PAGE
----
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Cooke's Row, in the 3000 block of Q Street NW, exemplifies the reputation Georgetown's East Village has for bigger houses with richer occupants, though both east and west sides of Wisconsin Avenue NW are home to grandeur and wealth.
Cooke's Row, in the 3000 block of Q Street NW, exemplifies the reputation Georgetown's East Village has for bigger houses with richer occupants, though both east and west sides of Wisconsin Avenue NW are home to grandeur and wealth. (By Sarah Abruzzese For The Washington Post)

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By Sarah Abruzzese
Special to The Washington Post
Saturday, January 6, 2007

There is one Georgetown, but a lot of people talk about it as if there were two halves: one to the east of Wisconsin Avenue NW and the other to the west.

There is a long-standing perception that there is a social difference between what are called the East Village and West Village, the two parts of one of Washington's most storied neighborhoods. Today, though, differences seem to come down to geography and traffic.

"I always thought when we moved here in the Ford administration that it was a joke that the rich people lived on the east side and the poorer people lived on the west side. That has been a bit of a myth, because we have Ambassador Bruce on our side," said Cherie Cannon, a 30-year West Village resident.

By that, she means Ambassador David K.E. Bruce, who represented the United States in a number of capitals before his death in 1977. His wife Evangeline was one of the best known of the Georgetown hostesses whose grand parties gave the neighborhood its socialite reputation. She died in 1995.

The joking continues about how the east side has grander houses filled with richer people. "I got flack from my west-side friends for moving to the east side. I don't know if east-siders give their friends a hard time for moving to the other side," said Alison Jia, 39, who has lived in Georgetown since 1994. She and her family moved from west to east in July.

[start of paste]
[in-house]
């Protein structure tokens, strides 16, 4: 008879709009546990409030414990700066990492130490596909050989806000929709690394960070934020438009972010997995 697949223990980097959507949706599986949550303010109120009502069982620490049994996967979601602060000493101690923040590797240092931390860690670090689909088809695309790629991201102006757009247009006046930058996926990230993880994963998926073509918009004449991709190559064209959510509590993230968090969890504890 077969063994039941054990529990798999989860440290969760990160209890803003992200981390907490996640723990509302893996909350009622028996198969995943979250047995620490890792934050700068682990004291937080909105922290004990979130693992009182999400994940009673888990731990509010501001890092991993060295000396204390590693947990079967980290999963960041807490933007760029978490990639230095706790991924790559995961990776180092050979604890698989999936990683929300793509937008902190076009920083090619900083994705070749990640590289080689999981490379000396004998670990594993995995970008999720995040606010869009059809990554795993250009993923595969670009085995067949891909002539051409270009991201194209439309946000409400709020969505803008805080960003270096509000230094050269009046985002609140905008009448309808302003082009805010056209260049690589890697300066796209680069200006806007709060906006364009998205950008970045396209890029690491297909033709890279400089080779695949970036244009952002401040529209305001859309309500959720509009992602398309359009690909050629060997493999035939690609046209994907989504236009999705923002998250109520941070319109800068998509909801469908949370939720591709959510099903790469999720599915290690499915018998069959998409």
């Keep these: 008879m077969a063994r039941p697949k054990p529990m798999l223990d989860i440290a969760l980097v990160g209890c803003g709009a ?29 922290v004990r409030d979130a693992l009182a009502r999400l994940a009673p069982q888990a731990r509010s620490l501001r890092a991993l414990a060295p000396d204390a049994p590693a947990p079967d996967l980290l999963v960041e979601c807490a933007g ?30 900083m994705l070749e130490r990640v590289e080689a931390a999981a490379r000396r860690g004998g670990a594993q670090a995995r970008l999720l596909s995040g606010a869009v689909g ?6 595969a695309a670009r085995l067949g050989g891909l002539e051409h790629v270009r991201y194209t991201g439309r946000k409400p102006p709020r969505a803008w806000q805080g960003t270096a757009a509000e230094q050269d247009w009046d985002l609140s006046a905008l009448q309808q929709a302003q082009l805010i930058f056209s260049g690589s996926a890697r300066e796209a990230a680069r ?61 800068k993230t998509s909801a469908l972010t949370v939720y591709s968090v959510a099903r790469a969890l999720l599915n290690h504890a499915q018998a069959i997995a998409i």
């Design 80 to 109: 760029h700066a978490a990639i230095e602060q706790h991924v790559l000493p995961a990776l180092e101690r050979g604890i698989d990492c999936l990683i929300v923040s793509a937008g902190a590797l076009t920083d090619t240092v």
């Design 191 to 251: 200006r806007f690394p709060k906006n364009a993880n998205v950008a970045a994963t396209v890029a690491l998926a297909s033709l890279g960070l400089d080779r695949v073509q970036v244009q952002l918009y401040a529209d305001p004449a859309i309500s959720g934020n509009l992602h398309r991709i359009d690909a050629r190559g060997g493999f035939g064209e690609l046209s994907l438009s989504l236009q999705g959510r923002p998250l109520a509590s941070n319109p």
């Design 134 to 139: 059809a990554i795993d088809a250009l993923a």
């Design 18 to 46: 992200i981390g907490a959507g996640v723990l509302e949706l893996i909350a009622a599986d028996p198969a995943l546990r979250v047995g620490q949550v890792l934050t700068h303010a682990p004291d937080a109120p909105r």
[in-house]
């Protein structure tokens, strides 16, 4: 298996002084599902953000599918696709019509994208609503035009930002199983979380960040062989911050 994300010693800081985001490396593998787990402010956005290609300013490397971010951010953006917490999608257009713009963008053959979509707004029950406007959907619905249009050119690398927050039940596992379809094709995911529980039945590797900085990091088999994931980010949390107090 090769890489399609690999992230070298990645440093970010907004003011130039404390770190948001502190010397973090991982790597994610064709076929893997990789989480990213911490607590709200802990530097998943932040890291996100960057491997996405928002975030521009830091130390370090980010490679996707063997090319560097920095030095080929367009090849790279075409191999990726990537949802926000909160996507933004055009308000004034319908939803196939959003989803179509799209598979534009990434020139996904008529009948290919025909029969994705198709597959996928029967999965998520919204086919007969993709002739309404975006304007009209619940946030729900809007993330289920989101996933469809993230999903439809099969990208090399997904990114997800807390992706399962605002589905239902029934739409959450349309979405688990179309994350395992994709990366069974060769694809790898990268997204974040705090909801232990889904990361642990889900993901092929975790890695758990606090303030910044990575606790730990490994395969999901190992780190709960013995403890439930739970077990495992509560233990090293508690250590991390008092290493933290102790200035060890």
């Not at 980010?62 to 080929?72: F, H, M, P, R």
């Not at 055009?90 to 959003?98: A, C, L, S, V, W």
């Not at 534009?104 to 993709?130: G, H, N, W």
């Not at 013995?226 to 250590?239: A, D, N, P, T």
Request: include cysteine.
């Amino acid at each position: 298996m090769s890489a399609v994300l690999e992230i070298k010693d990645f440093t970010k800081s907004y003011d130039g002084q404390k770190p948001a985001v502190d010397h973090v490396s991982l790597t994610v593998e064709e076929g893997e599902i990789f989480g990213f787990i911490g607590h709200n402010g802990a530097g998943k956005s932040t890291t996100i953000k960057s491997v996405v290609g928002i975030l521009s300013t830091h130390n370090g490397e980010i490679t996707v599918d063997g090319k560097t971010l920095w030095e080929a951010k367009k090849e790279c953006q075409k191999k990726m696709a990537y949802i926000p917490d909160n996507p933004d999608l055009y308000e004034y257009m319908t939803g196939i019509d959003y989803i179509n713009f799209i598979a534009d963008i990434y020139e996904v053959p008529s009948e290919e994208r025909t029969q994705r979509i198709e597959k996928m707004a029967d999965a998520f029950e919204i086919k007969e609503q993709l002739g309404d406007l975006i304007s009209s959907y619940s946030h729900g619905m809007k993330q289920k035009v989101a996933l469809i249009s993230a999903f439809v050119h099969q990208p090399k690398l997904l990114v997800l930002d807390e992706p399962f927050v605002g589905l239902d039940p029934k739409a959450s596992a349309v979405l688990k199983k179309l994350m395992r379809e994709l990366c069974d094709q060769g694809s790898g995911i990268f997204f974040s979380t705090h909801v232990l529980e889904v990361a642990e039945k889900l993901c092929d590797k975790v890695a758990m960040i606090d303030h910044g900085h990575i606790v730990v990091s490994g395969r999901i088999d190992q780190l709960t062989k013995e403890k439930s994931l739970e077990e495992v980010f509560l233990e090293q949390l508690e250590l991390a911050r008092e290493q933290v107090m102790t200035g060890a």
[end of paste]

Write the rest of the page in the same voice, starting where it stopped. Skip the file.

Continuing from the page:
"Both sides have their mix," said Frida Burling, 91, an east-side resident for more than 50 years. "We have Sen. [John] Kerry, Sen. [John] Edwards and Sen. [Max] Baucus on the west side." (Edwards recently sold his Georgetown house.) "We have Ben Bradlee and Sally Quinn and Bob Woodward and people like that on the east side."

Two real estate agents, one who lives in the east and another in the west, said there is a distinction in people's minds when they shop for houses.

Nancy Taylor Bubes, an agent with Coldwell Banker, is an East Village resident who has been selling homes in the area for 20 years. She pointed out that the east side of Georgetown is within walking distance of Dupont Circle and Foggy Bottom, giving residents easy access to the Metro. The west side is filled with students; the presence of Georgetown University is inescapable. (Georgetown residents generally don't classify the area south of M Street NW, which has fewer houses, as being either east or west.)

Jamie Peva, a West Village resident who will soon be moving east, has been selling real estate for 12 years and works with Washington Fine Properties. He said he has had clients who are interested only in the east.

But he said the perception that the east side has only large houses is simply wrong. There are a fair number of smaller houses that were built for free blacks and for slaves on the east side, a reminder of the years when Georgetown was largely African American.

While the East Village does have large estates, including Evermay, Dumbarton Oaks and Tudor Place, there are also grand houses in the West Village, such as Halcyon House and Prospect House. There's also the house on 34th Street NW where the Bruces threw their parties.

"The west side, on the blocks between 33rd and 34th streets, has some of the most historical homes in Georgetown -- some of the Federal period homes," Bubes said of houses on N, O, and P streets NW. Those include the grand Marbury and Bodisco houses.


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© 2007 The Washington Post Company

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